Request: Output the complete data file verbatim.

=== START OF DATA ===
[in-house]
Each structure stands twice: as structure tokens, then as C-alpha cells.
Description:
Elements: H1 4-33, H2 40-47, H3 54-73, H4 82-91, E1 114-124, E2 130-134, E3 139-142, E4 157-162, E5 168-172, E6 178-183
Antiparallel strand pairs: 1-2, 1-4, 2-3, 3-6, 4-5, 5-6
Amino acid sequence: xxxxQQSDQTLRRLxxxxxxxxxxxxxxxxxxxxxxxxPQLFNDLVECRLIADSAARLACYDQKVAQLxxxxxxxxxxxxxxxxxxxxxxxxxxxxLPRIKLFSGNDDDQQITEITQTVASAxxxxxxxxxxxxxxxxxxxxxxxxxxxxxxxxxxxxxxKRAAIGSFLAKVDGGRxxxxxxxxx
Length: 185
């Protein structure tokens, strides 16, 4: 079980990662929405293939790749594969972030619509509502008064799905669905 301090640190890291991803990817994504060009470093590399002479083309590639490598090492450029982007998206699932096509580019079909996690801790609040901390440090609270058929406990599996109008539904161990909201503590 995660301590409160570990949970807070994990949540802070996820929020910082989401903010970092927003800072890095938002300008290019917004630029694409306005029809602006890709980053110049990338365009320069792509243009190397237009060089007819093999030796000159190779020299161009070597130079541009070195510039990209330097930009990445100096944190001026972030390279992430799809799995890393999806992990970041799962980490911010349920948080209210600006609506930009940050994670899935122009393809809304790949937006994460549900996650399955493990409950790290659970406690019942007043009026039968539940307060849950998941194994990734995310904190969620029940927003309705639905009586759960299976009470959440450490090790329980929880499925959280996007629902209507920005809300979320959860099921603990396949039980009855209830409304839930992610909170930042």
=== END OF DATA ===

[in-house]
Each structure stands twice: as structure tokens, then as C-alpha cells.
Description:
Elements: H1 4-33, H2 40-47, H3 54-73, H4 82-91, E1 114-124, E2 130-134, E3 139-142, E4 157-162, E5 168-172, E6 178-183
Antiparallel strand pairs: 1-2, 1-4, 2-3, 3-6, 4-5, 5-6
Amino acid sequence: xxxxQQSDQTLRRLxxxxxxxxxxxxxxxxxxxxxxxxPQLFNDLVECRLIADSAARLACYDQKVAQLxxxxxxxxxxxxxxxxxxxxxxxxxxxxLPRIKLFSGNDDDQQITEITQTVASAxxxxxxxxxxxxxxxxxxxxxxxxxxxxxxxxxxxxxxKRAAIGSFLAKVDGGRxxxxxxxxx
Length: 185
């Protein structure tokens, strides 16, 4: 079980990662929405293939790749594969972030619509509502008064799905669905 301090640190890291991803990817994504060009470093590399002479083309590639490598090492450029982007998206699932096509580019079909996690801790609040901390440090609270058929406990599996109008539904161990909201503590 995660301590409160570990949970807070994990949540802070996820929020910082989401903010970092927003800072890095938002300008290019917004630029694409306005029809602006890709980053110049990338365009320069792509243009190397237009060089007819093999030796000159190779020299161009070597130079541009070195510039990209330097930009990445100096944190001026972030390279992430799809799995890393999806992990970041799962980490911010349920948080209210600006609506930009940050994670899935122009393809809304790949937006994460549900996650399955493990409950790290659970406690019942007043009026039968539940307060849950998941194994990734995310904190969620029940927003309705639905009586759960299976009470959440450490090790329980929880499925959280996007629902209507920005809300979320959860099921603990396949039980009855209830409304839930992610909170930042």